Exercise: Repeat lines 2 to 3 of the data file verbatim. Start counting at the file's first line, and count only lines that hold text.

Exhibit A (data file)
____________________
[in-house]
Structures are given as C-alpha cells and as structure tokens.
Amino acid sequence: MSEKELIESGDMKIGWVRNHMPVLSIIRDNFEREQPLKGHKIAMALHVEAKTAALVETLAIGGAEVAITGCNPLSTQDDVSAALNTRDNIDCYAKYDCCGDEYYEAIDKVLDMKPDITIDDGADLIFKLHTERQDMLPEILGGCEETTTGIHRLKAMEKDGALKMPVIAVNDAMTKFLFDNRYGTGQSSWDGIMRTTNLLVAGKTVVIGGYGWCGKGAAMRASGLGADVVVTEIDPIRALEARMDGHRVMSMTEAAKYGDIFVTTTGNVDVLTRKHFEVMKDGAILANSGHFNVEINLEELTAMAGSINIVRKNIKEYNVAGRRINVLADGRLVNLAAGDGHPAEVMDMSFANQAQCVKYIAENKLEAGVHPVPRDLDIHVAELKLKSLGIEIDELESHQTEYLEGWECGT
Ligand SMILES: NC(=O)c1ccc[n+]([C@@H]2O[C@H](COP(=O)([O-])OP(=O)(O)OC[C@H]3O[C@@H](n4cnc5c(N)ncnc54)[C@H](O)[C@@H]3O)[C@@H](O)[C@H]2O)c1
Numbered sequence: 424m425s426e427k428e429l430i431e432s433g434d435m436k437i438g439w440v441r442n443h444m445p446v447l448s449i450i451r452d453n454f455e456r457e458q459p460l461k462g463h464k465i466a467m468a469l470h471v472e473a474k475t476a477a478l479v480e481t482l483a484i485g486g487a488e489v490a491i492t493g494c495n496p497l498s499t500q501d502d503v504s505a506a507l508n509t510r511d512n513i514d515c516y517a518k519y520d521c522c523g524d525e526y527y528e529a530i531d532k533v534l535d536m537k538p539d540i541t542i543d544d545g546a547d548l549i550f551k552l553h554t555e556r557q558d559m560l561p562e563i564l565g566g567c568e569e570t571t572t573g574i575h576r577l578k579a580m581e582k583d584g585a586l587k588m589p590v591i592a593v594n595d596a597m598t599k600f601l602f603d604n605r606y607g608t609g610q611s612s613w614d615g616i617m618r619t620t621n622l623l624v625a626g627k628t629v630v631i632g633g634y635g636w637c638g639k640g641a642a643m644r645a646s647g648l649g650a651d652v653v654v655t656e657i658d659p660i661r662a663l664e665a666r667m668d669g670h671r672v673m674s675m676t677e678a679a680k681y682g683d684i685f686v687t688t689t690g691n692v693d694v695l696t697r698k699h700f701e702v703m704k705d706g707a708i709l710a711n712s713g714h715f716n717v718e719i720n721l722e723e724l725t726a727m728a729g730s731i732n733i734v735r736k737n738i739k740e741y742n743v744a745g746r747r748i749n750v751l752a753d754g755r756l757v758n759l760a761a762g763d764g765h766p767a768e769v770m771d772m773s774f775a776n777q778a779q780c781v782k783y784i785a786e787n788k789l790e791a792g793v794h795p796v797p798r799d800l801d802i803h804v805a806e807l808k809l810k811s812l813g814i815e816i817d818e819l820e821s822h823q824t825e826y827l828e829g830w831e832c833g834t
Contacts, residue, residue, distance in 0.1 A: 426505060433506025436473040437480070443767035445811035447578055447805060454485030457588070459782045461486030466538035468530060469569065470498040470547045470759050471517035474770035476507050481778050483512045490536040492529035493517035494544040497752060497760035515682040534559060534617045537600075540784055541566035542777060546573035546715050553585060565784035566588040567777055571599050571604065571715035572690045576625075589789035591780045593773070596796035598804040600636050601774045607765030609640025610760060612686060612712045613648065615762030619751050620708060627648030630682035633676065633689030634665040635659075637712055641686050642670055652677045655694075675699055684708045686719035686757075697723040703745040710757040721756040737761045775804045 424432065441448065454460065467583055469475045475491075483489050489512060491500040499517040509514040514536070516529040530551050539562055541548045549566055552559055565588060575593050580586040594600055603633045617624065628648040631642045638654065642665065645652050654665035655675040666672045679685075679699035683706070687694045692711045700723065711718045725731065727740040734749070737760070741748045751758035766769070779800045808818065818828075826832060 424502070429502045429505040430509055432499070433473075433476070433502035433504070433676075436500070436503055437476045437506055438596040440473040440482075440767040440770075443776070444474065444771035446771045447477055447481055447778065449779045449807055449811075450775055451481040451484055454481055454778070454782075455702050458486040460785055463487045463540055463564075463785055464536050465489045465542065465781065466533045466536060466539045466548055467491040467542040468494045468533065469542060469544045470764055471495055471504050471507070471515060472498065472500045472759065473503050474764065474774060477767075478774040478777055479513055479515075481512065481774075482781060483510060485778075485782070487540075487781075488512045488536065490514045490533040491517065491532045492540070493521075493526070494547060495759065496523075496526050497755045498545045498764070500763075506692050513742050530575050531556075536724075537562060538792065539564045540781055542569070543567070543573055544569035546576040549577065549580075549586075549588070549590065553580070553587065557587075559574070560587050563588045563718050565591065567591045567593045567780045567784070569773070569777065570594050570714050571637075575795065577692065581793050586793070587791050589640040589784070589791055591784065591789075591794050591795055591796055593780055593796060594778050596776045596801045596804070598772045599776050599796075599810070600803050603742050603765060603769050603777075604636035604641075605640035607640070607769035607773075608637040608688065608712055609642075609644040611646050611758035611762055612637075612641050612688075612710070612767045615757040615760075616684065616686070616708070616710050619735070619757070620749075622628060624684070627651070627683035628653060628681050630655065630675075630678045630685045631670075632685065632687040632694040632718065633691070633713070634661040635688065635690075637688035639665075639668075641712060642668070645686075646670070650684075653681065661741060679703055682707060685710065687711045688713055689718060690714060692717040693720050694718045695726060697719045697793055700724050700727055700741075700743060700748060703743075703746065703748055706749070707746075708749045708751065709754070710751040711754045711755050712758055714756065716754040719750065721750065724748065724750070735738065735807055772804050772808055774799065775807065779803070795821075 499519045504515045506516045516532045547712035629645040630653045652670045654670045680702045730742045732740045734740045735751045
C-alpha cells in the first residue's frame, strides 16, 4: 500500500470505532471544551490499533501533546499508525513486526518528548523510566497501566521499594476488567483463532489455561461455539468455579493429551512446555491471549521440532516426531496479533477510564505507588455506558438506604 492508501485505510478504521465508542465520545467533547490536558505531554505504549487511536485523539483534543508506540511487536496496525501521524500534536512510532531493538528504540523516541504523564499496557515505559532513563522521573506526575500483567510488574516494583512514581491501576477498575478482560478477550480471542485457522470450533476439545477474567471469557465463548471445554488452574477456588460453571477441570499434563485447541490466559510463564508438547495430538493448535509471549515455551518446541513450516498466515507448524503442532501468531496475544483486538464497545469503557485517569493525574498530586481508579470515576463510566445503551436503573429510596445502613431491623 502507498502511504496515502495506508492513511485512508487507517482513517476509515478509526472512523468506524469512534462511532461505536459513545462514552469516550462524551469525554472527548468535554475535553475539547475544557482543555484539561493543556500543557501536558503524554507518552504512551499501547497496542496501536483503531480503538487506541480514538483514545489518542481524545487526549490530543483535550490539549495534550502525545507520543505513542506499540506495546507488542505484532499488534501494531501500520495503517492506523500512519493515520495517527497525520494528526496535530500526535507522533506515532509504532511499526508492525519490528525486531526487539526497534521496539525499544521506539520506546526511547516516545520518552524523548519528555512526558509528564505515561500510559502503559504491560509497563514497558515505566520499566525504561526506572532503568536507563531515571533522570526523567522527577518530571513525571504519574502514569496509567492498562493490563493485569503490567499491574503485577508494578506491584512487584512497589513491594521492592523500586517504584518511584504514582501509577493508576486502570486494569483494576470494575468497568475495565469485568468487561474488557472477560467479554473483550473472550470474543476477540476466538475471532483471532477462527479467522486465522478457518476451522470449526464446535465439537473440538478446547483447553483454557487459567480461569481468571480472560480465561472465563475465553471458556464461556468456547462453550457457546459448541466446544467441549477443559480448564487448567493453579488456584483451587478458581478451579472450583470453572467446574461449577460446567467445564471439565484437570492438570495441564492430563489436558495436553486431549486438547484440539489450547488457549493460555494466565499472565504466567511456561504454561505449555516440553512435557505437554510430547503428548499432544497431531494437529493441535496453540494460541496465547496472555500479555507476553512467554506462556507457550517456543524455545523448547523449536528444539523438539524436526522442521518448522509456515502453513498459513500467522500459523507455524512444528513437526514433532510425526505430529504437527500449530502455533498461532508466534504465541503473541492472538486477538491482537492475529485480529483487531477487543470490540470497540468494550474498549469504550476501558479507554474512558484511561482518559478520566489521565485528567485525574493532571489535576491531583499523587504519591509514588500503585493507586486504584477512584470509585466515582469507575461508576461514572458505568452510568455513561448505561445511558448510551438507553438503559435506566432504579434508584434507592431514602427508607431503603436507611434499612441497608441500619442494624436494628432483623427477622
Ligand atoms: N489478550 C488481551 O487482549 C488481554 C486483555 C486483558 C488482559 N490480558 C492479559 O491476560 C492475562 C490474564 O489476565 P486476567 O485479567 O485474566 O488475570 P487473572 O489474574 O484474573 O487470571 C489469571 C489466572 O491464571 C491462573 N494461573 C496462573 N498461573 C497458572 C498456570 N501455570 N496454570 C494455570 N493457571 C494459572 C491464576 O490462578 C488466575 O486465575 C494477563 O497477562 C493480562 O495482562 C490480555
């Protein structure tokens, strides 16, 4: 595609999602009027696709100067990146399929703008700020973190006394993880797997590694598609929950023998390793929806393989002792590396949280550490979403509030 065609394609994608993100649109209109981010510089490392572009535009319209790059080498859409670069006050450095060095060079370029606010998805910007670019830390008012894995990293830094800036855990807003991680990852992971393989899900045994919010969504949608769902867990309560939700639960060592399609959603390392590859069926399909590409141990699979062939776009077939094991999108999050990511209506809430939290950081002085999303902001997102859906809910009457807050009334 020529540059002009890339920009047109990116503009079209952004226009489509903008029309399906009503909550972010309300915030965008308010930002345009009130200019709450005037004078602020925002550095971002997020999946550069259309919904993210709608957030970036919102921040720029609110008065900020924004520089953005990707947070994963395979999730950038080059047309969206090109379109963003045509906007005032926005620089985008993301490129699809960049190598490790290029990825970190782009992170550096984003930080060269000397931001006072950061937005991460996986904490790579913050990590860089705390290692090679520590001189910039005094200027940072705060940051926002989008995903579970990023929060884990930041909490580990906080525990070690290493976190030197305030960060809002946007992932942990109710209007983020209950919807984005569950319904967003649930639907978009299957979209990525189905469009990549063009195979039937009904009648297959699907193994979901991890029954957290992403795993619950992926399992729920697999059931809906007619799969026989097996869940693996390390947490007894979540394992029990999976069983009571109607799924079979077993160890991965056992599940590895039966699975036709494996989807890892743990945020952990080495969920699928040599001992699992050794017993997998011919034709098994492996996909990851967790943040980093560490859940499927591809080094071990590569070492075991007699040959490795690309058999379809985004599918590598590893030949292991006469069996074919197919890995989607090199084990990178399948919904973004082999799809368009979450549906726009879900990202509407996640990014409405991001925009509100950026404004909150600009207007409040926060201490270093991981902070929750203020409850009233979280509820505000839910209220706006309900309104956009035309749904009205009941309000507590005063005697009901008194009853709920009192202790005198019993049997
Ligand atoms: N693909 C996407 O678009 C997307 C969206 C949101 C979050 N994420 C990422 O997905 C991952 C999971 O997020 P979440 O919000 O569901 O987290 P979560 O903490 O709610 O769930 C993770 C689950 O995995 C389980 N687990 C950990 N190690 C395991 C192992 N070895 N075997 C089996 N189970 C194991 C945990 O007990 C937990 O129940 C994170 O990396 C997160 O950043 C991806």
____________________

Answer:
Structures are given as C-alpha cells and as structure tokens.
Amino acid sequence: MSEKELIESGDMKIGWVRNHMPVLSIIRDNFEREQPLKGHKIAMALHVEAKTAALVETLAIGGAEVAITGCNPLSTQDDVSAALNTRDNIDCYAKYDCCGDEYYEAIDKVLDMKPDITIDDGADLIFKLHTERQDMLPEILGGCEETTTGIHRLKAMEKDGALKMPVIAVNDAMTKFLFDNRYGTGQSSWDGIMRTTNLLVAGKTVVIGGYGWCGKGAAMRASGLGADVVVTEIDPIRALEARMDGHRVMSMTEAAKYGDIFVTTTGNVDVLTRKHFEVMKDGAILANSGHFNVEINLEELTAMAGSINIVRKNIKEYNVAGRRINVLADGRLVNLAAGDGHPAEVMDMSFANQAQCVKYIAENKLEAGVHPVPRDLDIHVAELKLKSLGIEIDELESHQTEYLEGWECGT